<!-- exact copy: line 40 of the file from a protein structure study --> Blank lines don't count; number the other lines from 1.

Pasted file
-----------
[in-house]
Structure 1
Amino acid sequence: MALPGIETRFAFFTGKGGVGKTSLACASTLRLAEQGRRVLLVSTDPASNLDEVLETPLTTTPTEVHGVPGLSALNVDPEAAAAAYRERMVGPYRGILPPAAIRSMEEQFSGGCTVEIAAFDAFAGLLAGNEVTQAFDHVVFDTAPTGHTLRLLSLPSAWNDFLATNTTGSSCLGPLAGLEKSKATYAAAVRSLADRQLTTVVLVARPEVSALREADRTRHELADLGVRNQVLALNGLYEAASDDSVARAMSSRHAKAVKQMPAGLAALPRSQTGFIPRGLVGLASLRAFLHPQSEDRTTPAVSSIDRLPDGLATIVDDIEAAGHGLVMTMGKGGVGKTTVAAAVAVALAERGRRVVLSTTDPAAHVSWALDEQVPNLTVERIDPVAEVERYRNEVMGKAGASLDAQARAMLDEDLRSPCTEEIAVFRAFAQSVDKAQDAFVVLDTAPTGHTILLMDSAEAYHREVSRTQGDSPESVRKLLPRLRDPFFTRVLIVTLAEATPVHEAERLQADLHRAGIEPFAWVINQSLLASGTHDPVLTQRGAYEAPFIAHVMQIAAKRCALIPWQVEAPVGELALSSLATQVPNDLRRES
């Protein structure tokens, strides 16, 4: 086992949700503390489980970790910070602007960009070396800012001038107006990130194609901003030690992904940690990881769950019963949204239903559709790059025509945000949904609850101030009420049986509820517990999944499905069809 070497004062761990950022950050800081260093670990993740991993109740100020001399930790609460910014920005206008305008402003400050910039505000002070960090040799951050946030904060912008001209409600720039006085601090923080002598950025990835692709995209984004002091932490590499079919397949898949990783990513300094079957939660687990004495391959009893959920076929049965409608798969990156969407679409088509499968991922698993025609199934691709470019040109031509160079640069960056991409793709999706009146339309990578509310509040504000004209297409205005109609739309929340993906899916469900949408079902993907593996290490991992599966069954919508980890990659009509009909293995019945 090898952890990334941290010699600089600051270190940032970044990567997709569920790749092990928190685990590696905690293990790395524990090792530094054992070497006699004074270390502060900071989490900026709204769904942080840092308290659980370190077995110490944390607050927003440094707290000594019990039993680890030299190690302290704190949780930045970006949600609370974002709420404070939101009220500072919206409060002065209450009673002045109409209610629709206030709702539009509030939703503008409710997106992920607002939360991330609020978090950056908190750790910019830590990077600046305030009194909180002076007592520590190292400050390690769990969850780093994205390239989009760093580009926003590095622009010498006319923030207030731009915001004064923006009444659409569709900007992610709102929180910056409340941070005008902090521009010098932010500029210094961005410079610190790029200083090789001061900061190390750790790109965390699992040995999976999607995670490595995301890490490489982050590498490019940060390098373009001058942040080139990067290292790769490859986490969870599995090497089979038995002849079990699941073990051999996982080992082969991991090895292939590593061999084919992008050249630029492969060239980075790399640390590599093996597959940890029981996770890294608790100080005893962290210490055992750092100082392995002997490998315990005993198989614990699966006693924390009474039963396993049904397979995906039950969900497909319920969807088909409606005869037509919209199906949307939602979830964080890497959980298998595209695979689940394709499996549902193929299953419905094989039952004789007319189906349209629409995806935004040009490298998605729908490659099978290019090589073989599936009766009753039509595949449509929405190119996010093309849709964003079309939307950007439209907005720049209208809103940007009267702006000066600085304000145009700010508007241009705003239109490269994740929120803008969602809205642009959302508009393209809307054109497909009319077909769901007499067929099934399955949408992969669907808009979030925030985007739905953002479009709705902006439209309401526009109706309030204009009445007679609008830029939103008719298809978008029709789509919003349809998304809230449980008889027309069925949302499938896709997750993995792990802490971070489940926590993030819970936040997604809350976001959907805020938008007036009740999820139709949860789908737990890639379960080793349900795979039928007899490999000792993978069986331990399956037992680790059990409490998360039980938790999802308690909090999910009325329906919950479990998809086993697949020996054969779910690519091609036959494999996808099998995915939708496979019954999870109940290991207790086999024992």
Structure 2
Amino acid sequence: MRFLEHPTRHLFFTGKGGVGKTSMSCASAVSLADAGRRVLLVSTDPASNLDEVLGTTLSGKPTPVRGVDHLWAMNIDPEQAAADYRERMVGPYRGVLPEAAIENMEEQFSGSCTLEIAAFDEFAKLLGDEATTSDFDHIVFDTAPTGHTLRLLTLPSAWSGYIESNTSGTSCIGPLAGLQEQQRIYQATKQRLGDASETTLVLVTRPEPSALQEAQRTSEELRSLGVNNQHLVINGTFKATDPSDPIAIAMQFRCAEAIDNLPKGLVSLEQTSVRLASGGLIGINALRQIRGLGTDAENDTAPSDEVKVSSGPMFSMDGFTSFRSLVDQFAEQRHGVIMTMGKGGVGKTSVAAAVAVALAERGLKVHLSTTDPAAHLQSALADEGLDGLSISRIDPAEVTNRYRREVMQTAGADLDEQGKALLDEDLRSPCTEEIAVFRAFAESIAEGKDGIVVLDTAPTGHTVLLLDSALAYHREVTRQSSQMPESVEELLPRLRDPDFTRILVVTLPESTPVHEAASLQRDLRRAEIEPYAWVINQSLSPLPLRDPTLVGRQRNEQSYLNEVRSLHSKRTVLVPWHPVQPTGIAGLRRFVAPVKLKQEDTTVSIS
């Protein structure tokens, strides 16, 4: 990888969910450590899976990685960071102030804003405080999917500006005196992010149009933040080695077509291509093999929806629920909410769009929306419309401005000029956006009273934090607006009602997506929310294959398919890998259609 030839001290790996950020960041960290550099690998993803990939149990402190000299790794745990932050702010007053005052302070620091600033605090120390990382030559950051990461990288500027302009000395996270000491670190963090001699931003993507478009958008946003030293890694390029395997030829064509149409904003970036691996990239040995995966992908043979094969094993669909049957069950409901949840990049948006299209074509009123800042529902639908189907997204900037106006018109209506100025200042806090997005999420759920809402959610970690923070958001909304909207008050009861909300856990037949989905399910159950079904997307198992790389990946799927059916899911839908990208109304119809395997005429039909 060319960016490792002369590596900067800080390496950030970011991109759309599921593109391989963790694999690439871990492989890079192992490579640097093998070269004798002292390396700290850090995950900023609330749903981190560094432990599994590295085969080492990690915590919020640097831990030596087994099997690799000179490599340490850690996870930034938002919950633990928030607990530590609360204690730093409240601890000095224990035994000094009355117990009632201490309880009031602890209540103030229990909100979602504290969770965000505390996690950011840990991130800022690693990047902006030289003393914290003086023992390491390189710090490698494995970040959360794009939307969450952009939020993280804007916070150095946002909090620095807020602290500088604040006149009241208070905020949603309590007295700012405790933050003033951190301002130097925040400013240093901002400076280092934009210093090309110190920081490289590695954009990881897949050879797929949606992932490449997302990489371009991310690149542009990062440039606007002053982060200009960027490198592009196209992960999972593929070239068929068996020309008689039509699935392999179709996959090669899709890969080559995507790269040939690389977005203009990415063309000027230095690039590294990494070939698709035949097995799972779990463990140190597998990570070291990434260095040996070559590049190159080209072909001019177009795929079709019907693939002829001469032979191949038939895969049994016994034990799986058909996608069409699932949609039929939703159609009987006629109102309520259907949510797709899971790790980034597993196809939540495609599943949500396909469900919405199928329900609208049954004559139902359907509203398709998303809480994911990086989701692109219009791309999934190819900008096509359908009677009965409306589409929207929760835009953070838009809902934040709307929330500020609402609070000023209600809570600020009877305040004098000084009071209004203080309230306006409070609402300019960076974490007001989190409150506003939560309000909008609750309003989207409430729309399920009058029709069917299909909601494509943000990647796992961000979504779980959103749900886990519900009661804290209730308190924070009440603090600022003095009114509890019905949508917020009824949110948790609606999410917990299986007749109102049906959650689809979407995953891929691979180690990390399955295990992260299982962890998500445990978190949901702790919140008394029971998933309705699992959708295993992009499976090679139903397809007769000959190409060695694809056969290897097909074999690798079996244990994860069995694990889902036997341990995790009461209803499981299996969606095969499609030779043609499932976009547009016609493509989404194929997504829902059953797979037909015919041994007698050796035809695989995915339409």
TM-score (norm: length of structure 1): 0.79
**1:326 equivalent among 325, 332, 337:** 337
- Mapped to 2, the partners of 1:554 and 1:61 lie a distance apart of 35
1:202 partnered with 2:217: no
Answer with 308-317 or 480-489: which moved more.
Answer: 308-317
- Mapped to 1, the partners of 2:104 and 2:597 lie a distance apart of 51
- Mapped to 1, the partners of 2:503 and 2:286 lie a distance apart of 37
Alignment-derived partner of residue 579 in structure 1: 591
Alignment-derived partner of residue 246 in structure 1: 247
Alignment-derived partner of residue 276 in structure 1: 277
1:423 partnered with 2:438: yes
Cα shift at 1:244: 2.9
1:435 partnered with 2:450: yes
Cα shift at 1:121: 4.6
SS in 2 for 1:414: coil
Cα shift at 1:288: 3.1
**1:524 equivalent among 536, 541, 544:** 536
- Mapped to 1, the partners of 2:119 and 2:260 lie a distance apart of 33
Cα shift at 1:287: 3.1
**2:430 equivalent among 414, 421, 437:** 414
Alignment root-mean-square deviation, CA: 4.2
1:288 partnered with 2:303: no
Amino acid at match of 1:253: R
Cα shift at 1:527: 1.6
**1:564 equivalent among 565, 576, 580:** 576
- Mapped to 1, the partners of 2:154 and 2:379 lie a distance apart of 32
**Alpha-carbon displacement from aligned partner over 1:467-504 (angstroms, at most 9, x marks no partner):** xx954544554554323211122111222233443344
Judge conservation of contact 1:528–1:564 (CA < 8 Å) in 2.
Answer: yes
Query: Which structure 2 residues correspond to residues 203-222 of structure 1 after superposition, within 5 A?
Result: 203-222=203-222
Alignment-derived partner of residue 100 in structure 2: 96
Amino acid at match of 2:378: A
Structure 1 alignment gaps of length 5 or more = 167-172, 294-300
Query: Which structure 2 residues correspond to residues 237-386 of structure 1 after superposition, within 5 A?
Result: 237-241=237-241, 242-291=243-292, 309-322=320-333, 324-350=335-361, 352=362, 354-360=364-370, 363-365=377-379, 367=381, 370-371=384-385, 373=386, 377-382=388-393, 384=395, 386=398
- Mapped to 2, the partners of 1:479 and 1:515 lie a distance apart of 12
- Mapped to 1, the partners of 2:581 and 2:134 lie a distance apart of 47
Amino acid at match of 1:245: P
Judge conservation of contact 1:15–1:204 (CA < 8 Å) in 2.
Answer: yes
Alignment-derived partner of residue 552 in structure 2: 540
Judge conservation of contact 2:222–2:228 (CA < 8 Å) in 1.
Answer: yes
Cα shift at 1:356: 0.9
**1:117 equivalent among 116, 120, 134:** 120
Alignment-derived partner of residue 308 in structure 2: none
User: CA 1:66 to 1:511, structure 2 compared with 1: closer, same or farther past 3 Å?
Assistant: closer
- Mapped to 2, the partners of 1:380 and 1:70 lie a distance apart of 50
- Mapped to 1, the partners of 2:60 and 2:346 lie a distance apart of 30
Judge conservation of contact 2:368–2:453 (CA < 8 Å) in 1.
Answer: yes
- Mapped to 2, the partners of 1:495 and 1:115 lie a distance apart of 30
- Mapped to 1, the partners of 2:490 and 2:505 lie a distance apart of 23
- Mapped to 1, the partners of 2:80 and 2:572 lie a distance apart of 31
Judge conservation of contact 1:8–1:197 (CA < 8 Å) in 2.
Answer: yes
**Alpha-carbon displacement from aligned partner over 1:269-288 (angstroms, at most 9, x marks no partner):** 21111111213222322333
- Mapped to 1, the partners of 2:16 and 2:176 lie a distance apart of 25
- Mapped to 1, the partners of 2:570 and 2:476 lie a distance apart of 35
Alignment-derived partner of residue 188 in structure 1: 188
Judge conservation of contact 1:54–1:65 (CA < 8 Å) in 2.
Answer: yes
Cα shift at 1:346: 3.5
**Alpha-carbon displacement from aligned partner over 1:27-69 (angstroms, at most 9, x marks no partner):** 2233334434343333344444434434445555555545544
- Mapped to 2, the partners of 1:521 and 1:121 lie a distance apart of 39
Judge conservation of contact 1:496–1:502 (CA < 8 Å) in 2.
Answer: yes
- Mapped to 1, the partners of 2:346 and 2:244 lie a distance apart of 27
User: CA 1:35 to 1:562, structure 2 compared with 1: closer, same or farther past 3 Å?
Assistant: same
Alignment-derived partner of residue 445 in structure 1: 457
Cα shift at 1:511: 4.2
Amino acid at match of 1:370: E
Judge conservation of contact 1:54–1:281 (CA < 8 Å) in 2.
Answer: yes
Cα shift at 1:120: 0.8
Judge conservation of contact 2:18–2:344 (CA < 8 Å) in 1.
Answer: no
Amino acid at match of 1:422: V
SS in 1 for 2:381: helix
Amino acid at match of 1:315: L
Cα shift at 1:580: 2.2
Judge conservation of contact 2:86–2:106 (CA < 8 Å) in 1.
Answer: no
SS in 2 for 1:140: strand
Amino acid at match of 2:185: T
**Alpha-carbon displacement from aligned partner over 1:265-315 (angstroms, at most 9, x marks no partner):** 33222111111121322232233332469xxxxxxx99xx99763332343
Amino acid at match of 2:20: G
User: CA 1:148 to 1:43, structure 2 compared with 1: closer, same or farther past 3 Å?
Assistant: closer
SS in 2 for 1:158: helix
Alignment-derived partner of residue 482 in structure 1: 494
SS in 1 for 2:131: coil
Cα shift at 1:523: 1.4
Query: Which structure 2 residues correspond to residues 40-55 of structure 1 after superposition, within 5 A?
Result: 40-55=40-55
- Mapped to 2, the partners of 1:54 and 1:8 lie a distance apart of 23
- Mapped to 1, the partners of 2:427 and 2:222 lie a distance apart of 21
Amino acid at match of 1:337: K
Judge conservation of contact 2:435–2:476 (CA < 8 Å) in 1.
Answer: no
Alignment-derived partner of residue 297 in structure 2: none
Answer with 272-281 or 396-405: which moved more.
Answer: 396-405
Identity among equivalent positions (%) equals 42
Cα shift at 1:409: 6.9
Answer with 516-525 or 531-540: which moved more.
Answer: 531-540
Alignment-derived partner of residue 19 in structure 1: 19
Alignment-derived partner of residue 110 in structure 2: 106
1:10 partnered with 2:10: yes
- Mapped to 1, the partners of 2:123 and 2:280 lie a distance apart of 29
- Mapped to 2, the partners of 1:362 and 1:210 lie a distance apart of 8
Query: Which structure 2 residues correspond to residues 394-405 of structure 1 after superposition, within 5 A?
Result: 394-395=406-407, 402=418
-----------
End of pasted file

Alignment-derived partner of residue 100 in structure 2: 96